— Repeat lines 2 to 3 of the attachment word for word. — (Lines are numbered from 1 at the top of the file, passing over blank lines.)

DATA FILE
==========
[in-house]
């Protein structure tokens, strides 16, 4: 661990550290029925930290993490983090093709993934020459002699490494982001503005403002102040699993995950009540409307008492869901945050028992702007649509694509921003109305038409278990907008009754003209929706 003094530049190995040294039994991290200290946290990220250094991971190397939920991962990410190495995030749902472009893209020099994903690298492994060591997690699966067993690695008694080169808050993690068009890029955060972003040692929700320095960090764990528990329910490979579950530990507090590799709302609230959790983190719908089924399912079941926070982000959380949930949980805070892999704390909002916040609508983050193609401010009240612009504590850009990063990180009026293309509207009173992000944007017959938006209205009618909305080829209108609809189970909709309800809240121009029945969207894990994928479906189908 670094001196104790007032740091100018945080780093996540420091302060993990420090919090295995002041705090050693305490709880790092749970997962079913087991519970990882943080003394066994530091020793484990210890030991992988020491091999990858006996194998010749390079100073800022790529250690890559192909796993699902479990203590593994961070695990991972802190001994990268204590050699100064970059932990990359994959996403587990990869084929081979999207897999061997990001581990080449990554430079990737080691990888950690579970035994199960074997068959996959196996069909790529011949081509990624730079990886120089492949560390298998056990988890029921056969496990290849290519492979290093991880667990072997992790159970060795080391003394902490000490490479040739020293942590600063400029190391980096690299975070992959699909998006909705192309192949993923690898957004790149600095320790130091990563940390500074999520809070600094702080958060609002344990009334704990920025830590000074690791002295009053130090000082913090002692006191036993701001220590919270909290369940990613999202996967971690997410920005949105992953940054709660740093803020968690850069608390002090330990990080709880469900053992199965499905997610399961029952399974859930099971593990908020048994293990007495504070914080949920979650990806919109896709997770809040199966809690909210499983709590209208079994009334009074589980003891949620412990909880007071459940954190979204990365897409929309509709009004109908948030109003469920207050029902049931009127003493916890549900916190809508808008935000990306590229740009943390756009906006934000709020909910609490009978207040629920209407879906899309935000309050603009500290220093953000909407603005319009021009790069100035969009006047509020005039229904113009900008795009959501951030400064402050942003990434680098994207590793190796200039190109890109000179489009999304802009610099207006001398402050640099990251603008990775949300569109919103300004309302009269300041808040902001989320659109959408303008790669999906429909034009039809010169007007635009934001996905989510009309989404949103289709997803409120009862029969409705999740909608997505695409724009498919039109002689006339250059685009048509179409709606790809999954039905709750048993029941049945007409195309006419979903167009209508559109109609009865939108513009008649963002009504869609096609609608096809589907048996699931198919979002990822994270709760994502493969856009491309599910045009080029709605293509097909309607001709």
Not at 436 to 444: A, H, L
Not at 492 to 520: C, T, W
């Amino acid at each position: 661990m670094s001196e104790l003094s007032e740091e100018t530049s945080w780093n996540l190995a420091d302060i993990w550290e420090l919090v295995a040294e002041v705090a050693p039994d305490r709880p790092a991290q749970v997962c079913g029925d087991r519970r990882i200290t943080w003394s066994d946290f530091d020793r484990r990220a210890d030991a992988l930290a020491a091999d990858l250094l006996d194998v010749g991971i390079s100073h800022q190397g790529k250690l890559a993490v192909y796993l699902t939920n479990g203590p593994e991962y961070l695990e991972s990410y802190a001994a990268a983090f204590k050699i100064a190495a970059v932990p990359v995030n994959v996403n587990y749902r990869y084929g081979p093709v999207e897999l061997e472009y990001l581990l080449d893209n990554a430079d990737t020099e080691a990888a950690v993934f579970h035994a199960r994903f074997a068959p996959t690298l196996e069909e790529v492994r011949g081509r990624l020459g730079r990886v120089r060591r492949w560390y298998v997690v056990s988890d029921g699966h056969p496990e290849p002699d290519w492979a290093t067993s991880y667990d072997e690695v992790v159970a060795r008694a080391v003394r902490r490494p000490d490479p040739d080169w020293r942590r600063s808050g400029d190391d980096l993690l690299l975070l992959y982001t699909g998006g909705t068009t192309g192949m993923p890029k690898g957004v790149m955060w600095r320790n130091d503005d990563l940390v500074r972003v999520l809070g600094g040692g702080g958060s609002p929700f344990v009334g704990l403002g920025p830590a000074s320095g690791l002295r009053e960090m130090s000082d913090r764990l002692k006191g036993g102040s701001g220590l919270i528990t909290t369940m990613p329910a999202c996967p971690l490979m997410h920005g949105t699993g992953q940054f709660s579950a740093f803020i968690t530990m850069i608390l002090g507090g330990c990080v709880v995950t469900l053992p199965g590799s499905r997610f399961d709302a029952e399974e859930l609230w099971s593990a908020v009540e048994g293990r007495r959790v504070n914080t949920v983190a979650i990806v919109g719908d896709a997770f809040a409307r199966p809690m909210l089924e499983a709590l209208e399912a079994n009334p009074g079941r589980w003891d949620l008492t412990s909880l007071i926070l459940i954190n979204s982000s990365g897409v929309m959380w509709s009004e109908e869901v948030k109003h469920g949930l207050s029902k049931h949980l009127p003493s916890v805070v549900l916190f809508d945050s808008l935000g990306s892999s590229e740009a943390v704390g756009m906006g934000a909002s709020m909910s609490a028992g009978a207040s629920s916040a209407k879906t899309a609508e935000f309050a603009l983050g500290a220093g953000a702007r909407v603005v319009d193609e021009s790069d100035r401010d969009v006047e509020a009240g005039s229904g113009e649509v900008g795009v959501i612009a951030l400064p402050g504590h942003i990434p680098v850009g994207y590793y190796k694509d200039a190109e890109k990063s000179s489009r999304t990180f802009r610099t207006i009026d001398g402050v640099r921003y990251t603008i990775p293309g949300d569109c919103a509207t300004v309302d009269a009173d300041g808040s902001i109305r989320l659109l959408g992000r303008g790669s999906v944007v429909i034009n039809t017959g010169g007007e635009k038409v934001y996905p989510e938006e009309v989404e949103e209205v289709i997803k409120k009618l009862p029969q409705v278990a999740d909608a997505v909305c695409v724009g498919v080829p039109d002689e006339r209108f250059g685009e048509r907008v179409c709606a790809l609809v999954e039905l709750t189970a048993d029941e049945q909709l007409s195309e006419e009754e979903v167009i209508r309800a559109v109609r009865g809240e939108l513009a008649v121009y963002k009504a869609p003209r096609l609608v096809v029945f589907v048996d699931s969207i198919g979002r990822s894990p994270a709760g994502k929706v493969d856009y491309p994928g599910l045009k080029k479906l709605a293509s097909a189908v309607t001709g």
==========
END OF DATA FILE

């Protein structure tokens, strides 16, 4: 661990550290029925930290993490983090093709993934020459002699490494982001503005403002102040699993995950009540409307008492869901945050028992702007649509694509921003109305038409278990907008009754003209929706 003094530049190995040294039994991290200290946290990220250094991971190397939920991962990410190495995030749902472009893209020099994903690298492994060591997690699966067993690695008694080169808050993690068009890029955060972003040692929700320095960090764990528990329910490979579950530990507090590799709302609230959790983190719908089924399912079941926070982000959380949930949980805070892999704390909002916040609508983050193609401010009240612009504590850009990063990180009026293309509207009173992000944007017959938006209205009618909305080829209108609809189970909709309800809240121009029945969207894990994928479906189908 670094001196104790007032740091100018945080780093996540420091302060993990420090919090295995002041705090050693305490709880790092749970997962079913087991519970990882943080003394066994530091020793484990210890030991992988020491091999990858006996194998010749390079100073800022790529250690890559192909796993699902479990203590593994961070695990991972802190001994990268204590050699100064970059932990990359994959996403587990990869084929081979999207897999061997990001581990080449990554430079990737080691990888950690579970035994199960074997068959996959196996069909790529011949081509990624730079990886120089492949560390298998056990988890029921056969496990290849290519492979290093991880667990072997992790159970060795080391003394902490000490490479040739020293942590600063400029190391980096690299975070992959699909998006909705192309192949993923690898957004790149600095320790130091990563940390500074999520809070600094702080958060609002344990009334704990920025830590000074690791002295009053130090000082913090002692006191036993701001220590919270909290369940990613999202996967971690997410920005949105992953940054709660740093803020968690850069608390002090330990990080709880469900053992199965499905997610399961029952399974859930099971593990908020048994293990007495504070914080949920979650990806919109896709997770809040199966809690909210499983709590209208079994009334009074589980003891949620412990909880007071459940954190979204990365897409929309509709009004109908948030109003469920207050029902049931009127003493916890549900916190809508808008935000990306590229740009943390756009906006934000709020909910609490009978207040629920209407879906899309935000309050603009500290220093953000909407603005319009021009790069100035969009006047509020005039229904113009900008795009959501951030400064402050942003990434680098994207590793190796200039190109890109000179489009999304802009610099207006001398402050640099990251603008990775949300569109919103300004309302009269300041808040902001989320659109959408303008790669999906429909034009039809010169007007635009934001996905989510009309989404949103289709997803409120009862029969409705999740909608997505695409724009498919039109002689006339250059685009048509179409709606790809999954039905709750048993029941049945007409195309006419979903167009209508559109109609009865939108513009008649963002009504869609096609609608096809589907048996699931198919979002990822994270709760994502493969856009491309599910045009080029709605293509097909309607001709």
Not at 436 to 444: A, H, L